Life's Little Mysteries

How do marine mammals sleep underwater?

Sperm whales in the ocean. Underwater photography.
Sperm whales sleep upright underwater, but for only about 20 minutes at a time. (Image credit: Mike Korostelev via Getty Images)

If marine mammals want to sleep, they can't just close their eyes and drift away for the night, as they need to intermediately surface for air. Nor can they float at the water's surface and slumber, because that exposes them to predators and heat loss. So how do marine mammals get any shut-eye without putting themselves at risk?

One solution is to shut down one half of their brain at a time. Called unihemispheric sleep, it's one way marine mammals, such as dolphins, can get some rest while in open water.

"Unihemispheric sleep is really valuable to these animals because it allows them to maintain a low level of activity while still sleeping half of their brain at a time," Patrick Miller, a biologist at the University of St Andrews in the U.K., told Live Science.

Dolphins are the best-studied marine mammals capable of this style of sleeping. Brain scans on captive dolphins show that while one hemisphere is in slow-wave, deep sleep, the other hemisphere is alert, allowing the animals to literally sleep with one eye open. This style of sleeping is common in cetaceans — the group of mammals that includes dolphins, whales and porpoises — but it's not unique to them. Many bird species are known to use unihemispheric sleep, often allowing them to doze while flying.

But according to Miller, birds and dolphins use their half-brain sleeping technique for different purposes. For instance, in a flock of birds, many of the ones on the outside of the group keep the eye facing away from the flock open, to watch for predators. But dolphins do the opposite: While sleeping, they tend to keep the eye open that faces the rest of the pod, likely to avoid becoming separated.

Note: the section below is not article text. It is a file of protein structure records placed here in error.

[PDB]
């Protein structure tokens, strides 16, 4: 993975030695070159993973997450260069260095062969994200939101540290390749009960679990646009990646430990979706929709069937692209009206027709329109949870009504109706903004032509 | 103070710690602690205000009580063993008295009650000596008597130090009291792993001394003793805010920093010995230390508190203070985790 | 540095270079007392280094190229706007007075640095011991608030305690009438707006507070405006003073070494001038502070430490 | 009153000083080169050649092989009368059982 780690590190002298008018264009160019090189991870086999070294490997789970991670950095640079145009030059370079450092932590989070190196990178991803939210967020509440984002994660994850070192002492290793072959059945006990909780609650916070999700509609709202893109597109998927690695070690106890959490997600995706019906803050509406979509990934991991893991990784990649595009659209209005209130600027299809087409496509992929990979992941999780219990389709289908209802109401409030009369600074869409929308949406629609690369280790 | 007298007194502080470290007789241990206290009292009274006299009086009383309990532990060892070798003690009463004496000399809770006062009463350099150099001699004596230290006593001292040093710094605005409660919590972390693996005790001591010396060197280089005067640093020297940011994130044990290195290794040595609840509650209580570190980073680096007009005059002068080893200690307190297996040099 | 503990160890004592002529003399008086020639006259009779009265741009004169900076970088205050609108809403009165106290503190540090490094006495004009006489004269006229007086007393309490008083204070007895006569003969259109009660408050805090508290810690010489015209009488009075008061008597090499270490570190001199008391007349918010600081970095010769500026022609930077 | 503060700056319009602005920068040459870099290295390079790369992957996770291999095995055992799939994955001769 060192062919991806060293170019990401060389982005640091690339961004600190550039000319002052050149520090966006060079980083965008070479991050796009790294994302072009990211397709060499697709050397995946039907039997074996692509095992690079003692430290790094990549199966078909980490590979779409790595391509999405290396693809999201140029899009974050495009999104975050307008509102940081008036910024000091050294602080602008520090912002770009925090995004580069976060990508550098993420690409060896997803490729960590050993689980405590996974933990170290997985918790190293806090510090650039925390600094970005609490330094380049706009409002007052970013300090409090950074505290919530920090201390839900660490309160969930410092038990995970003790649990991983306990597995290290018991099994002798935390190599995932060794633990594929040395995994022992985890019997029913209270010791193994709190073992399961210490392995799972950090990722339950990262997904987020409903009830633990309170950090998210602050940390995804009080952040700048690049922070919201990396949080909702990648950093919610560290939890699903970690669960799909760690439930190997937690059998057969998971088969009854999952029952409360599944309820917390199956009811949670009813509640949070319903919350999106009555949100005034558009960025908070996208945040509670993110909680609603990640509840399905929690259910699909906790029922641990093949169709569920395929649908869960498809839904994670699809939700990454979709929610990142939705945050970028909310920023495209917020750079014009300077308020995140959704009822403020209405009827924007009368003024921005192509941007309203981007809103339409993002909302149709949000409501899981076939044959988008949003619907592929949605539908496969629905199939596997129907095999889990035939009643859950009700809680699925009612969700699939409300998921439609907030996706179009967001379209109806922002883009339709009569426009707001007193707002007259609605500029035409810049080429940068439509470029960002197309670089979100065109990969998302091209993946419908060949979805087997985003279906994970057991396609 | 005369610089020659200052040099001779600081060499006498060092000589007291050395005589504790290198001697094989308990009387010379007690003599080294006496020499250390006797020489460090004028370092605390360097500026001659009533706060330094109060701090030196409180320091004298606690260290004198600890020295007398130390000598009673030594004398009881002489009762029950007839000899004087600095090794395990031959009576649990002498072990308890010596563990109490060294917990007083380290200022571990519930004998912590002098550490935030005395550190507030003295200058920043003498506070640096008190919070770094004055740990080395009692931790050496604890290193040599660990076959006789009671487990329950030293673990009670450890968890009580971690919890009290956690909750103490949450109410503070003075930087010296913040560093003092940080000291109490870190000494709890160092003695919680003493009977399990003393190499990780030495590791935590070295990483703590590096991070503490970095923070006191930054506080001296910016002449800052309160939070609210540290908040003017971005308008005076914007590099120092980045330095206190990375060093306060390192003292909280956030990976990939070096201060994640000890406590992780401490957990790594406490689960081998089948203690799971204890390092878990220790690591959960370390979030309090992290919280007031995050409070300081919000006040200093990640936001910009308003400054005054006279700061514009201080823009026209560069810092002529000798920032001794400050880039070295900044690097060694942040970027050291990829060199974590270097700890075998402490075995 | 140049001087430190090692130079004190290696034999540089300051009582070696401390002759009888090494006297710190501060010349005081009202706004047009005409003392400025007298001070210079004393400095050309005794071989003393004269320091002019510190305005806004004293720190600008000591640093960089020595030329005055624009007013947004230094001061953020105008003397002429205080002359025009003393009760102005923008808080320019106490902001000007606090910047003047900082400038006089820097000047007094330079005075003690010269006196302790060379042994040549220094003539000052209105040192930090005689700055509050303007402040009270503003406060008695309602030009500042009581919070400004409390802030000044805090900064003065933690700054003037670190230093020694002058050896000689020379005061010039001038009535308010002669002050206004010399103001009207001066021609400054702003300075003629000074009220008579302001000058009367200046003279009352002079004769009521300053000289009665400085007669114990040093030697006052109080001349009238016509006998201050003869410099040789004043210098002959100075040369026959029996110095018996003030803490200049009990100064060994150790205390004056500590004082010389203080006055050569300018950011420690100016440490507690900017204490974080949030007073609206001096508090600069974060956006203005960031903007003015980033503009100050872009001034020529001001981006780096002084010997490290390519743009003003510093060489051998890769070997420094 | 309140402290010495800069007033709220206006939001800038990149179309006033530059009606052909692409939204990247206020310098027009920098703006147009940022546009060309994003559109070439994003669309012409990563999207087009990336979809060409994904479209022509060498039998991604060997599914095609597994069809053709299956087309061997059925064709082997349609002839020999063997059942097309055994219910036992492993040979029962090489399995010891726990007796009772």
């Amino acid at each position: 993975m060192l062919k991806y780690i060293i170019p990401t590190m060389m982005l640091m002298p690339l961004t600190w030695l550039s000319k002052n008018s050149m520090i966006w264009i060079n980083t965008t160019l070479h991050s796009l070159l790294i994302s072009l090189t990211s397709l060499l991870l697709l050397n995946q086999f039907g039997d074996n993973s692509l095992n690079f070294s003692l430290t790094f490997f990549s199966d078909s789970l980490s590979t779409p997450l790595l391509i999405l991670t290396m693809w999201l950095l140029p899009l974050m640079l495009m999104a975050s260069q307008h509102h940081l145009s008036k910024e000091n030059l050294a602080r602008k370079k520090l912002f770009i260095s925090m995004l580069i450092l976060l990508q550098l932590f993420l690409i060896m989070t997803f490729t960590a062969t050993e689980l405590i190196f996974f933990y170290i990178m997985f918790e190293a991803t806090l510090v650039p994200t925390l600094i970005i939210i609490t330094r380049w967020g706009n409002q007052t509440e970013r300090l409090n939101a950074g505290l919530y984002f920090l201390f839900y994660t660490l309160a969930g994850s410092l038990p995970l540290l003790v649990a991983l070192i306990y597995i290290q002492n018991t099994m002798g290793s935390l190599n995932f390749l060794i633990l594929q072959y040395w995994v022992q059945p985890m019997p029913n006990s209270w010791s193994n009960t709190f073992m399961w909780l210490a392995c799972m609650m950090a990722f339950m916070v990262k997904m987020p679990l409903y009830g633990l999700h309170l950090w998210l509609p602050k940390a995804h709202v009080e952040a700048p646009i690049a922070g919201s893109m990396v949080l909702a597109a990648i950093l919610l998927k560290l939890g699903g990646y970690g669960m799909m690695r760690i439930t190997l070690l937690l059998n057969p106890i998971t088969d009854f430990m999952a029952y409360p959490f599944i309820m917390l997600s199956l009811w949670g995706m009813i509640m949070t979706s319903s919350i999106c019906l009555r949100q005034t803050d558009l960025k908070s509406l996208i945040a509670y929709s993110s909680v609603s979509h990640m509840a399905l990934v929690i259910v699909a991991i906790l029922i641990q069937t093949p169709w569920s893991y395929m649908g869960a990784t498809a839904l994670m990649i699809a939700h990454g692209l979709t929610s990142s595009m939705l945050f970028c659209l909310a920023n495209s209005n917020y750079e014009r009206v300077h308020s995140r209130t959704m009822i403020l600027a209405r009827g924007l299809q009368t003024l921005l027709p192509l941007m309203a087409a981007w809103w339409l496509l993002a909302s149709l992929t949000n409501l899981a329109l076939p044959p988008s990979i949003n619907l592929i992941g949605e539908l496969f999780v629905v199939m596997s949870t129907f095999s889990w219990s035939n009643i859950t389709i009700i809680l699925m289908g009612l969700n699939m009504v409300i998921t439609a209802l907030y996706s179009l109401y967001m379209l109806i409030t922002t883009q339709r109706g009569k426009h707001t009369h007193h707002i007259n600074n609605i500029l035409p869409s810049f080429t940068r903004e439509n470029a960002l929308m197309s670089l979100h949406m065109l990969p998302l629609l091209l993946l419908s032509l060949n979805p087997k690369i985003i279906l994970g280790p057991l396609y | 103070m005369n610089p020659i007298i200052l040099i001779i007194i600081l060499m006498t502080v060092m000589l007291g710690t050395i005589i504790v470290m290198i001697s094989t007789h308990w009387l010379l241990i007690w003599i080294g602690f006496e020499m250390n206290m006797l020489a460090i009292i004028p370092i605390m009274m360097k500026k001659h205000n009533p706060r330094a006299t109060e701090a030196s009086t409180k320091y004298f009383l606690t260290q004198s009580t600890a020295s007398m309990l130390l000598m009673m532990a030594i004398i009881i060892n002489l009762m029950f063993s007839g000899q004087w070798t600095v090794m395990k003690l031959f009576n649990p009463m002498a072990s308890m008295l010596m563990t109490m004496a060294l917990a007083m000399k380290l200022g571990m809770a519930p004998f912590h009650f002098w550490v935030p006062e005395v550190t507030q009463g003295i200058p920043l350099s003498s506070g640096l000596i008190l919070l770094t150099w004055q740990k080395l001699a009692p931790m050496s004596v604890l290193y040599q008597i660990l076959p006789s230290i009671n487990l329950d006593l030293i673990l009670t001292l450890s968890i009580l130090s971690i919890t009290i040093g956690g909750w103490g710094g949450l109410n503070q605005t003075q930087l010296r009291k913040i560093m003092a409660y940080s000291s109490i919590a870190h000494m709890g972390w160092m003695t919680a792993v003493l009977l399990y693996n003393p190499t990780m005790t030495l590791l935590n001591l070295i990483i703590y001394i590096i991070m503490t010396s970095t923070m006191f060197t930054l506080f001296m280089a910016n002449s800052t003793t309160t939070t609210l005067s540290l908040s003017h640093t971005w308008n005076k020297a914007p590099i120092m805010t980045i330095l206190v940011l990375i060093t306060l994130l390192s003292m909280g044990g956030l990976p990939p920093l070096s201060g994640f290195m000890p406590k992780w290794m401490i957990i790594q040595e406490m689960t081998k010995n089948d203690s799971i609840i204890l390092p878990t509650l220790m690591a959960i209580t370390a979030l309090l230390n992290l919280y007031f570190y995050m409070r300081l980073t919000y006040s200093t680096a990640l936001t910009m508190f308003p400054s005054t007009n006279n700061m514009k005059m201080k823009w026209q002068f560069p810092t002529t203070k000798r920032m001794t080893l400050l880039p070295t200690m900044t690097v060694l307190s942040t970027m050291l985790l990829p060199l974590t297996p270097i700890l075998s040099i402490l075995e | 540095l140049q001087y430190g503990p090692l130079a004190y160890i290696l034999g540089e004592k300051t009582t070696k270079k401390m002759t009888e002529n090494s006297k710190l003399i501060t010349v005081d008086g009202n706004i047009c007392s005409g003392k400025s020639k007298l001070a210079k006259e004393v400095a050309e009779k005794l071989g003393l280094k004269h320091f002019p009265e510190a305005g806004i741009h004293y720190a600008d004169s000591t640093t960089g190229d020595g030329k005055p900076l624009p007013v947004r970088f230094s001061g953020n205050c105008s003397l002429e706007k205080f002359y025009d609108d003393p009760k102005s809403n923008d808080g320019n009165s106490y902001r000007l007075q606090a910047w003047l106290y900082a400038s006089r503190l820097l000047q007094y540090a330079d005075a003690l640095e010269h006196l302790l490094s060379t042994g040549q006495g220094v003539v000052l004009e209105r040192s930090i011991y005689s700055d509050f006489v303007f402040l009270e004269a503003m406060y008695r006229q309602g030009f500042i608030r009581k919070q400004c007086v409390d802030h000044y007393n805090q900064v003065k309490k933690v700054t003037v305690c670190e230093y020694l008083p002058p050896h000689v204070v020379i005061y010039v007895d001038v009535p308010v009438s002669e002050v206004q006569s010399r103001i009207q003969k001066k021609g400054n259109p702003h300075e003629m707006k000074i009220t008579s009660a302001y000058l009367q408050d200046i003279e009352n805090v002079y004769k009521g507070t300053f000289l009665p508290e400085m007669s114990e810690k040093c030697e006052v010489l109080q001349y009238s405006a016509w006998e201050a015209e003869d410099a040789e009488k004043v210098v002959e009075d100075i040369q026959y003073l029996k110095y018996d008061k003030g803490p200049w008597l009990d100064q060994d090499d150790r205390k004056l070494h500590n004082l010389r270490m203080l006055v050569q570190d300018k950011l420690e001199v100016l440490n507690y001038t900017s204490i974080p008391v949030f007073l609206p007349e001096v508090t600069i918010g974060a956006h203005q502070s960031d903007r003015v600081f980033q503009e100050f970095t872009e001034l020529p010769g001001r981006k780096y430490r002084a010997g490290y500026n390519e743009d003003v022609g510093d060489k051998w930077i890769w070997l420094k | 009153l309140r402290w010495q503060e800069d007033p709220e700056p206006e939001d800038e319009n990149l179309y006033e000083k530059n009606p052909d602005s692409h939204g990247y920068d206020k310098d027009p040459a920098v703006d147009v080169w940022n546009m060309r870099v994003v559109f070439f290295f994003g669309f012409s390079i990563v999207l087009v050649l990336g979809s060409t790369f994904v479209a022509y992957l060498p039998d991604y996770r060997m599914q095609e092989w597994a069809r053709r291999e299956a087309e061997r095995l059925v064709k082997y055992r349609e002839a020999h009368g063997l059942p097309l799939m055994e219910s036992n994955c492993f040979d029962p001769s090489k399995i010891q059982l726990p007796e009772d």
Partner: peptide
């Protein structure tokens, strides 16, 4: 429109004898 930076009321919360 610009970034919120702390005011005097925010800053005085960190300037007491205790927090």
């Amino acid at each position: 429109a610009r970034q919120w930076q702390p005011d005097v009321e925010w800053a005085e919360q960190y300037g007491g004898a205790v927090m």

Related: Why do horses sleep standing up?

A dolphin rests at the water's surface. Marine mammals can't risk sleeping at the surface for too long, as it puts them at risk for predation and heat loss. (Image credit: urosr via Getty Images)

Not all cetaceans seem to be capable of unihemispheric sleep. Some use bihemispheric sleep, in which both hemispheres of the brain fall asleep, just like humans and most other mammals do.

"It's really difficult to measure brain activities for animals out at sea that you're not able to capture, like a sperm whale, blue whale or a humpback whale," Miller said. "In that case, behavioral records are our best indicator of sleep behavior."

In those cases, researchers can affix tags to the animals to monitor their behavior. A 2008 study led by Miller used suction tags attached to sperm whales (Physeter macrocephalus) to show that they sleep out in the open ocean for short bouts. The whales make shallow dives beneath the surface, slow their swim speed to a stop, and pitch lazily upward. Their upward pitch is likely due to the buoyant oil, known as spermaceti, in their heads.

While sleeping, whole pods of whales can be seen nose-up, just below the ocean's surface. During this time, the animals are completely unresponsive, which suggests they are in a form of deep sleep. However, the animals can rest only about 20 minutes underwater before they need to come back up for air. Once the whale has caught its breath, it slinks below the surface for more rest, and may continue this behavior for up to 3.5 hours.

Northern elephant seals (Mirounga angustirostris) are bihemispheric sleepers as well and snooze in similar short bouts. A 2023 study led by Jessica Kendall-Bar, a postdoctoral researcher at the Scripps Institution of Oceanography, a department of the University of California, San Diego, was able to, for the first time, monitor brain activity in a sleeping mammal at sea. Kendall-Bar and colleagues found that the seals dive to a depth of around 1,000 feet (300 meters), at which point their brains slow down and enter rapid eye movement (REM) sleep. Once in REM sleep, the seals flip upside down and spin in a slow circle while continuing to sleep.

"Seals sleeping in the ocean were upside down 100% of REM sleep time, suggesting that just like us, they become paralyzed during REM," Kendall-Bar said in a YouTube video describing the research.

Likely due to predation risk, elephant seals limit their total sleep time at sea to just around two hours per day, "rivaling the record for the least sleep among all mammals, which is currently held by the African elephant (about 2 hours per day)," the researchers wrote in the study.

Cameron Duke
Live Science Contributor

Cameron Duke is a contributing writer for Live Science who mainly covers life sciences. He also writes for New Scientist as well as MinuteEarth and Discovery's Curiosity Daily Podcast. He holds a master's degree in animal behavior from Western Carolina University and is an adjunct instructor at the University of Northern Colorado, teaching biology.